I offered to sign an NDA but even then, the source & pen test reports were "not for public record"

I could continue posting each & every vulnerability, but I think I've made my point.

One last thing though... breach of copyright for using the CyberAlarm logo?! If this isn't the definition of a criticism/review, I'm not sure what is.

A couple of things I really should have mentioned...

A few people have (correctly) pointed out that my claim that PHP 5.4 was insecure isn't always true.  This is a nuanced topic & one I actively wanted to avoid, but I'll try to explain as quickly as possible.

Official vendor support for PHP 5.4 ended 5 years ago.  Official support for PHP 7.2 ended.... on the 30th November 2020 (seriously!).  The vendor's (The PHP Group) official advice mirrors mine; upgrade as soon as possible because there may be unpatched security vulnerabilities.

However, it's not quite as clear cut and although I don't condone relying on backports, I should have explained it more clearly.  Just as you may opt for an "extended, 3rd party warranty" with your latest iPhone, platforms like RedHat/CentOS provide something called back-porting; the process of actively monitoring for new vulnerabilities and retrospectively rolling patches in to previous versions.

This is often misunderstood and causes no end of confusion, largely because whilst the official version stays the same (5.4.16 for example), the subversion (-xx) is often hidden from a standard "phpinfo" or "php -v" command.  As a result, patches are often missed and vulnerabilities (even if you're responsible enough to update) remain unpatched.

Of course, that's the case here too.

The "test build" from October 2nd 2020 is vulnerable to the following...
CVE-2018-10547 (CVSS 6.1 Medium)
CVE-2018-5712 (CVSS 6.1 Medium)
CVE-2019-9024 (CVSS 7.5 High)
CVE-2018-7584 (CVSS 9.8 Critical)
CVE-2019-11043 (CVSS 9.8 Critical)

2 "critical" issues - never to receive a patch.

Where's the MIT license guys?

CyberAlarm, both old & new, uses the "phpseclib" library... distributed under the MIT license.  I can't, for the life of me, find any reference to the required copyright... and if it doesn't exist, they're not providing the necessary credit and have effectively stolen the developer's work product.

Keep diggin'

Upon request of the media, I withheld this article to give them time to question NPCC & Pervade.  Unsurprisingly, they doubled-down and refused to accept there are serious issues with CyberAlarm.  Following a call between NPCC and the media, they offered to send a link "to have a good look at", presumably to prove it's safe.

As the final nail in the coffin, they sent the media a link to the current public "live" version with a modification date of 29/11/20.

Are there any issues?  Of course.

Step 1: Upgrade PEAR - we wouldn't want to be left insecure, would we?
Step 2: Install 10 year old, outdated & vulnerable dependencies.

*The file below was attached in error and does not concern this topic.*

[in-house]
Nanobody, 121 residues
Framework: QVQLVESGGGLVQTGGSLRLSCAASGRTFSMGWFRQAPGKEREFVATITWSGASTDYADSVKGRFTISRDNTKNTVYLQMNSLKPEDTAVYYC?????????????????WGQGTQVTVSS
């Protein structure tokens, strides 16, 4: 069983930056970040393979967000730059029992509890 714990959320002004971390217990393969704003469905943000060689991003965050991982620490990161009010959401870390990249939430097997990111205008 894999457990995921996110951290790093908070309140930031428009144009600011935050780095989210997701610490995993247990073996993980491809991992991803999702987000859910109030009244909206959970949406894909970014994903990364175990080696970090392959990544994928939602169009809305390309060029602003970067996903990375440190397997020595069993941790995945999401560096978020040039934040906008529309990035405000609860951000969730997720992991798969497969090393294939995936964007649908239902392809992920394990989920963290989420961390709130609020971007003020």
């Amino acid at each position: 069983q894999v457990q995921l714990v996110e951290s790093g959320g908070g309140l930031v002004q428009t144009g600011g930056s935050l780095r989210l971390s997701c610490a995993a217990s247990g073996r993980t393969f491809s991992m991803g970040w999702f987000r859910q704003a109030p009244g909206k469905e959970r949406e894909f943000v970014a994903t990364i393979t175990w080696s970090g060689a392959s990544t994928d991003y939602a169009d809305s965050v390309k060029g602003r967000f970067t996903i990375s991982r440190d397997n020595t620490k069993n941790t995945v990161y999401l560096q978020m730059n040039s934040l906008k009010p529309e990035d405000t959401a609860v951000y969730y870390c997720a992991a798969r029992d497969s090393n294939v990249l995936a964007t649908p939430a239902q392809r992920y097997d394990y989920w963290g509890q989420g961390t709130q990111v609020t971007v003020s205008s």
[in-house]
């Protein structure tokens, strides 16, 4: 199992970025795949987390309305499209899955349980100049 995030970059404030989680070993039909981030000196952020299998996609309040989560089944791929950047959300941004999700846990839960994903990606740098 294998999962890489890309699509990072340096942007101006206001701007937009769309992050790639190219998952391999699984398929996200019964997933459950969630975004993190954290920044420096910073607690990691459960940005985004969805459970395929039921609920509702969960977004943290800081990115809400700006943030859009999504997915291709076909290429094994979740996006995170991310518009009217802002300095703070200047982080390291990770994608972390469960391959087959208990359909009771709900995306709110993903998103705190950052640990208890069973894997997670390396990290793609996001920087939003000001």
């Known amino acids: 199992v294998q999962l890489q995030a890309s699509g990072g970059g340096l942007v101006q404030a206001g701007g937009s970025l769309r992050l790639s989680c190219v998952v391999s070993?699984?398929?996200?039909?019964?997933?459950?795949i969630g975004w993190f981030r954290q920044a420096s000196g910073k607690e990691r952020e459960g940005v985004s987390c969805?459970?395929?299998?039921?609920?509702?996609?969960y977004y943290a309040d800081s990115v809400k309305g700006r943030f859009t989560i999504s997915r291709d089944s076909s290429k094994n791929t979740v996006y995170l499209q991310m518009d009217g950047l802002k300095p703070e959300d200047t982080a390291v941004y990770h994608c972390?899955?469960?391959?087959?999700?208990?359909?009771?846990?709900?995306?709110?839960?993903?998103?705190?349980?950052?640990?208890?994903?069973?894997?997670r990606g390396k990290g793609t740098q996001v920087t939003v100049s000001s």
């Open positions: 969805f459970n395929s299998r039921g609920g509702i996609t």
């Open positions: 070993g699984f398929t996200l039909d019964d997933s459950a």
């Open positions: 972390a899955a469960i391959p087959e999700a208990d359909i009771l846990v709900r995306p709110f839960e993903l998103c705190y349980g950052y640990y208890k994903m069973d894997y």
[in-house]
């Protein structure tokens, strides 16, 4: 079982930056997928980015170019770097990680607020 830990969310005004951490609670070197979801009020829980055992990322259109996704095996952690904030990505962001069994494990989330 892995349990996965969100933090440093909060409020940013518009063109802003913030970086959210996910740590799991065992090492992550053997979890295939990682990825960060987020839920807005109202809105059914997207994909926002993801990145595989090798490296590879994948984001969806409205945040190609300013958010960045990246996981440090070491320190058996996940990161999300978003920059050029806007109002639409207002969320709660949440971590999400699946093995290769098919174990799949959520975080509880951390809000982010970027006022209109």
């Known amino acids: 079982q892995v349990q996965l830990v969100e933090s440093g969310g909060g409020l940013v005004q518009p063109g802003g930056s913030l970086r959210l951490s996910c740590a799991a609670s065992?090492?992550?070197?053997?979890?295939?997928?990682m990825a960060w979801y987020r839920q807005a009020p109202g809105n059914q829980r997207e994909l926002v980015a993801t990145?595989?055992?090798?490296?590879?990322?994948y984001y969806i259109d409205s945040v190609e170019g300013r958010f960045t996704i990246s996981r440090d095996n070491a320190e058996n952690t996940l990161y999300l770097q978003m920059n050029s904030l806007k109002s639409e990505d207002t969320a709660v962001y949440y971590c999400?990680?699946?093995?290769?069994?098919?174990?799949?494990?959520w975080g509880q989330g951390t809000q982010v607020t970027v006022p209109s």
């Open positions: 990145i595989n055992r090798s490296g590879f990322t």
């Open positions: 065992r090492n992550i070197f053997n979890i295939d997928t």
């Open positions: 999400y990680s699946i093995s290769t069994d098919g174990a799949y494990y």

A 10 year old, outdated build.

A 10 year old beta test build!

A 10 year old ALPHA build! (Using an alpha in production - what could go wrong)

A 4 year old, outdated build.

A 9 year old, outdated build.

Do I really have to explain the risks of deploying an alpha build of anything to the NPCC?  Again, this is in the installer, visible in plain text.  Jeez...

What now?

For CyberAlarm - I hope it's pulled with immediate effect.  It should never have reached the public in this state and those responsible for both developing it & presiding over its deployment should probably reconsider their positions.

For me - I hope NPCC do the right thing, apologise & retract their defamatory post... quickly.


Of all the vulnerabilities I raised in the "test" build, only 2 are fixed - CentOS & PHP.  I say "fixed", PHP 7.2 went end-of-life on the 30th November 2020, but backporting... yada yada.

If we ignore those, let's briefly bullet everything else.

SELinux disabled:
They don't deny this - but don't understand the risk.  I've told them, a RedHat article explains why it's dangerous and now, thanks to Karanbir, CentOS have stepped in to prove beyond doubt, this is dangerous; unless nobody cares about exploits like ShellShock etc.

Still possible, though not through "getmon.php".  Keep in mind this product is live in Schools, Councils, Mental Health Clinics, SMEs with valuable intellectual property and a Formula 1 team - I obviously can't drop a zero-day which puts them all at risk.  However, untrusted input combined with "exec" - the outcome is self evident.

Mindful of the risk, here's a demo proving it's possible, with steps removed to protect the public...

Cross Site Scripting:
Still possible - part of the wider product rather than the data collector itself.  Hint - Validate on input, sanitize/encode on output; anything else leaves you vulnerable to XSS attacks.

TLS Certificate Expired:
The production version points to a different endpoint which does have a valid certificate.  Not that it matters however... as TLS security checks are disabled everywhere.

Attacker: "Hey, I'm a Police server with an important update for you..."
Collector: "You don't look like a Police server and your certificate has expired... so, what can I do for you?"
Attacker: "Extract this .tar.gz and execute the contents..."
Collector: "Sure thing"

Broken Encryption:

... sure looks like an encryption key to me.

They don't deny using AES-CBC without a MAC either - but again, demonstrate they don't understand why that's not only important, but crucial.

Broken Encryption - Part Deux:

Exactly the same as the "test" build - all SSL/TLS security checks disabled.

Embedding server passwords in code:

Exactly the same as the "test" build.

The similarities between these two "completely different pieces of software" is staggering.

That's it folks.  Thank you for listening and for heaven's sake, be careful what you install on your network.

Notes / Files

If you've downloaded CyberAlarm previously, you'll be able to hash the files to prove I've not modified anything other than filenames.  If even a single character in any file changes, the entire hash would be different - thus proving we have different versions.

Background vector created by starline -